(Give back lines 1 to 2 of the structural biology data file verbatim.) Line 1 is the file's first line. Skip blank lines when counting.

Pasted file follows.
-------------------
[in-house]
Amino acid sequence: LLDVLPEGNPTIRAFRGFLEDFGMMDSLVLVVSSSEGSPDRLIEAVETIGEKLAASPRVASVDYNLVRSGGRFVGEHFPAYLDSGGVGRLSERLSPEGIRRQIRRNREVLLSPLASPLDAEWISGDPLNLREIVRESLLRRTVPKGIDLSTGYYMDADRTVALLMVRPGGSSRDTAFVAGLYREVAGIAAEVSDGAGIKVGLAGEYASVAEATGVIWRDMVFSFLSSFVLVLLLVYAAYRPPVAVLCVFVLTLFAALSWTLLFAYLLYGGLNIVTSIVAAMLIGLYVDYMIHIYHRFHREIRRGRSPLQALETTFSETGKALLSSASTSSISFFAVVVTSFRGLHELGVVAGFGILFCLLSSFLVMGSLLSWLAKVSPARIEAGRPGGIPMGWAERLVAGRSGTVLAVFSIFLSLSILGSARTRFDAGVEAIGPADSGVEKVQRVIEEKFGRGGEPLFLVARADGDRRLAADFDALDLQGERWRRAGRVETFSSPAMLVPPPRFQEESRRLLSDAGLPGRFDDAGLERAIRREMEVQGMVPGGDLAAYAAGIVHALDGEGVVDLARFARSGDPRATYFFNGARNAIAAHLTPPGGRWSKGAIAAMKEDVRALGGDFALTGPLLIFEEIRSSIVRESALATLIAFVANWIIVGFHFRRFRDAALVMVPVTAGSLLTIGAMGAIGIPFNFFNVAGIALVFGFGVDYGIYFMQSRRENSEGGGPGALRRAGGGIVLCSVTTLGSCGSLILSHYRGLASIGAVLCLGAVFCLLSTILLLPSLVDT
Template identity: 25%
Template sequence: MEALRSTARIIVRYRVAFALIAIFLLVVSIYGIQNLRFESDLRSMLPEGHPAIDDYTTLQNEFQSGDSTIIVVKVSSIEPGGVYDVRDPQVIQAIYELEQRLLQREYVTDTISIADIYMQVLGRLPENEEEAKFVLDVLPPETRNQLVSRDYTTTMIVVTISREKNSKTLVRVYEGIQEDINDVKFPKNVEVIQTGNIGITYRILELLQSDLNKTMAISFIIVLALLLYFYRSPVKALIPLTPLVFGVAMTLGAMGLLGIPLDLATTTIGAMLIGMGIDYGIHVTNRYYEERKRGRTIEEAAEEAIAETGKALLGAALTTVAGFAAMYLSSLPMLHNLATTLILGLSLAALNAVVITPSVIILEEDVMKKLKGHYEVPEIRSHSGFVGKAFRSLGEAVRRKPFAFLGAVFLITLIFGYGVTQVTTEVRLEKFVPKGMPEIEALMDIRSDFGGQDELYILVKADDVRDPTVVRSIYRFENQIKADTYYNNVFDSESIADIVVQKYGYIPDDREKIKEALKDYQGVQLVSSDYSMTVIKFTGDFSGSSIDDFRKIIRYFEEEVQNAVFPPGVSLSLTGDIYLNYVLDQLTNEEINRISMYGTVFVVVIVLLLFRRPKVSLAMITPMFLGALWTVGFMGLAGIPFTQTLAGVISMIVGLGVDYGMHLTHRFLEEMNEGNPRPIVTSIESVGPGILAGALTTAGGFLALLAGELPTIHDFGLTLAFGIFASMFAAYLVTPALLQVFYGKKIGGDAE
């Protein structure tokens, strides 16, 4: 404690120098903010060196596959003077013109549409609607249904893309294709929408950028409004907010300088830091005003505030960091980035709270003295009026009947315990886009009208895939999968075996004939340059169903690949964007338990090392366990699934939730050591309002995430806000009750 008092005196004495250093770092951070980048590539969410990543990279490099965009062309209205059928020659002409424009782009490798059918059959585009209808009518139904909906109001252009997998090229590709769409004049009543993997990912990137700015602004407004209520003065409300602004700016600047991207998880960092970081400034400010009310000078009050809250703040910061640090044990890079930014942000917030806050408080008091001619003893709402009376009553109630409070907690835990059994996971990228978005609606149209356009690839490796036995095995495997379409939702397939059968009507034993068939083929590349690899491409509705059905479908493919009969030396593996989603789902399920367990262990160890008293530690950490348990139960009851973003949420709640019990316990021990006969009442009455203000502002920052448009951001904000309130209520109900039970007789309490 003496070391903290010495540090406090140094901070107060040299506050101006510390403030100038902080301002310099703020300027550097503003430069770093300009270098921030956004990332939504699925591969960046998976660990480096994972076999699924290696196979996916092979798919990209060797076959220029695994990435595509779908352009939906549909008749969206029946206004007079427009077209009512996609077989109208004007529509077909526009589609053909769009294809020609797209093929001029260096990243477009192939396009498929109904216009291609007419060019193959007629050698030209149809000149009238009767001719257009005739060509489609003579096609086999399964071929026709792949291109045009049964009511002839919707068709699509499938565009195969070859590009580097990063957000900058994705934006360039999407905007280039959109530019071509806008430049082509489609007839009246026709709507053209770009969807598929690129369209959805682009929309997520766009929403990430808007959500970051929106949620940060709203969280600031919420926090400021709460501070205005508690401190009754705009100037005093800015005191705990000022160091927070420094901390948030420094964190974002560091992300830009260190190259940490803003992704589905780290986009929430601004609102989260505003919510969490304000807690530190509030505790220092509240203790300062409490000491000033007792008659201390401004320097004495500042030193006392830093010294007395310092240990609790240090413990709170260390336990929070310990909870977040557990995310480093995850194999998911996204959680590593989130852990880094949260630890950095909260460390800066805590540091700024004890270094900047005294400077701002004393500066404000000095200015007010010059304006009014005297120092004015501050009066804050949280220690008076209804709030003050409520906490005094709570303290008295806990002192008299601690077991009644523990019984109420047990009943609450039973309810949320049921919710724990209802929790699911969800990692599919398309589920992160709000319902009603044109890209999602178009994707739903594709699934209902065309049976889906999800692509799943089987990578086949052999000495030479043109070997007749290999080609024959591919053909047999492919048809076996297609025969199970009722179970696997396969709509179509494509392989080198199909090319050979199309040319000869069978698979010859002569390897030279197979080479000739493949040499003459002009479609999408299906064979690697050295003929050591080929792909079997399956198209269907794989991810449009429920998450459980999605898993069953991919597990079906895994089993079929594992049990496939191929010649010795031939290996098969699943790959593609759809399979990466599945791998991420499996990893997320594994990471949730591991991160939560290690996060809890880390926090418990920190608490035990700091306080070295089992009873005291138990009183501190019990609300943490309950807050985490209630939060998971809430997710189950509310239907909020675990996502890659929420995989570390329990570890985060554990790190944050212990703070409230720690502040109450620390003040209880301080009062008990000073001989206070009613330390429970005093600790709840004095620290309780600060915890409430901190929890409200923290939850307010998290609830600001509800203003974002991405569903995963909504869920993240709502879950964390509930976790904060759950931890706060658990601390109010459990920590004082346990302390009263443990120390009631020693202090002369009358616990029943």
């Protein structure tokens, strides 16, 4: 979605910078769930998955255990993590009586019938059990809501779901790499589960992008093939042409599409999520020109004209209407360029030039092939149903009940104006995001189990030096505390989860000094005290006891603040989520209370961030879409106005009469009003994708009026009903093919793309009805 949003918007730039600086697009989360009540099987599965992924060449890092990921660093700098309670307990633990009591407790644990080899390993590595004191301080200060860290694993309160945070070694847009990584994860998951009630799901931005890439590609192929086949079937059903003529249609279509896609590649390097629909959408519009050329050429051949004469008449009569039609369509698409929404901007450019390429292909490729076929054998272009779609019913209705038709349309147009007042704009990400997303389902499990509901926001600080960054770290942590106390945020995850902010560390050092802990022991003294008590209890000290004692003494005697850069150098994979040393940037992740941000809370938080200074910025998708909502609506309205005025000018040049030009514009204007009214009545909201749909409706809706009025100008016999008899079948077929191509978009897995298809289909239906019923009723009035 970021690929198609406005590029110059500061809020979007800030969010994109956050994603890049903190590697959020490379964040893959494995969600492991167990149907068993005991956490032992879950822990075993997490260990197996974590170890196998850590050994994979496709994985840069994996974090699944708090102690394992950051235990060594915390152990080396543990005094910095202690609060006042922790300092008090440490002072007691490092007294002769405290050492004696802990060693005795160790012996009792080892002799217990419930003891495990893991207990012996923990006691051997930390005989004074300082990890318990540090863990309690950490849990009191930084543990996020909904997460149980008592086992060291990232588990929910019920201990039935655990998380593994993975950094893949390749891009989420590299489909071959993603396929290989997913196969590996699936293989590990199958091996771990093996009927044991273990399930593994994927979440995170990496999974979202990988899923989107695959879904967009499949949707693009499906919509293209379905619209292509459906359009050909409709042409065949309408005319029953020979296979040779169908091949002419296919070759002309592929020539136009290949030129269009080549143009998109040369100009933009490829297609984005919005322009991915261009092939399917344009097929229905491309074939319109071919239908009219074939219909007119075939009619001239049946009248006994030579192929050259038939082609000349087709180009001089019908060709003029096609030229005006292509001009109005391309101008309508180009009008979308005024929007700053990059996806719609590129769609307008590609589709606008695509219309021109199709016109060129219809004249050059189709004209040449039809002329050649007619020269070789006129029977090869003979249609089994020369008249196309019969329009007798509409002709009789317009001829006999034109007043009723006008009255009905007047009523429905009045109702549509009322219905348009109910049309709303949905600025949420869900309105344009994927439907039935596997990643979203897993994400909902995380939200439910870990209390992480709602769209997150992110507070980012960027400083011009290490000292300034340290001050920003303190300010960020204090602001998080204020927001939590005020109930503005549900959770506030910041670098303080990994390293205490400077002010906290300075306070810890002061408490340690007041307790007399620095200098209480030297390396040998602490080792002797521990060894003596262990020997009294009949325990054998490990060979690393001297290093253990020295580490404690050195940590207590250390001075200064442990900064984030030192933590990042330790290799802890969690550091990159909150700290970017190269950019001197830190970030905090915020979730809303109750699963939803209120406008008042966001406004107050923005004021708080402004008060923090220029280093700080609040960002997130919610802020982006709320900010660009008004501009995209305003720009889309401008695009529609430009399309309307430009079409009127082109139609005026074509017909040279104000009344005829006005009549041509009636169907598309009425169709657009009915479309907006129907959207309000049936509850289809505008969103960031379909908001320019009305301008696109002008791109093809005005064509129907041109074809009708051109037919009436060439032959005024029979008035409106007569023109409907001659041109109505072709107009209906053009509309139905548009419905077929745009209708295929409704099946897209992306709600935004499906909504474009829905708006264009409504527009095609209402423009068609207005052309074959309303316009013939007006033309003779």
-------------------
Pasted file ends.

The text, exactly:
[in-house]
Amino acid sequence: LLDVLPEGNPTIRAFRGFLEDFGMMDSLVLVVSSSEGSPDRLIEAVETIGEKLAASPRVASVDYNLVRSGGRFVGEHFPAYLDSGGVGRLSERLSPEGIRRQIRRNREVLLSPLASPLDAEWISGDPLNLREIVRESLLRRTVPKGIDLSTGYYMDADRTVALLMVRPGGSSRDTAFVAGLYREVAGIAAEVSDGAGIKVGLAGEYASVAEATGVIWRDMVFSFLSSFVLVLLLVYAAYRPPVAVLCVFVLTLFAALSWTLLFAYLLYGGLNIVTSIVAAMLIGLYVDYMIHIYHRFHREIRRGRSPLQALETTFSETGKALLSSASTSSISFFAVVVTSFRGLHELGVVAGFGILFCLLSSFLVMGSLLSWLAKVSPARIEAGRPGGIPMGWAERLVAGRSGTVLAVFSIFLSLSILGSARTRFDAGVEAIGPADSGVEKVQRVIEEKFGRGGEPLFLVARADGDRRLAADFDALDLQGERWRRAGRVETFSSPAMLVPPPRFQEESRRLLSDAGLPGRFDDAGLERAIRREMEVQGMVPGGDLAAYAAGIVHALDGEGVVDLARFARSGDPRATYFFNGARNAIAAHLTPPGGRWSKGAIAAMKEDVRALGGDFALTGPLLIFEEIRSSIVRESALATLIAFVANWIIVGFHFRRFRDAALVMVPVTAGSLLTIGAMGAIGIPFNFFNVAGIALVFGFGVDYGIYFMQSRRENSEGGGPGALRRAGGGIVLCSVTTLGSCGSLILSHYRGLASIGAVLCLGAVFCLLSTILLLPSLVDT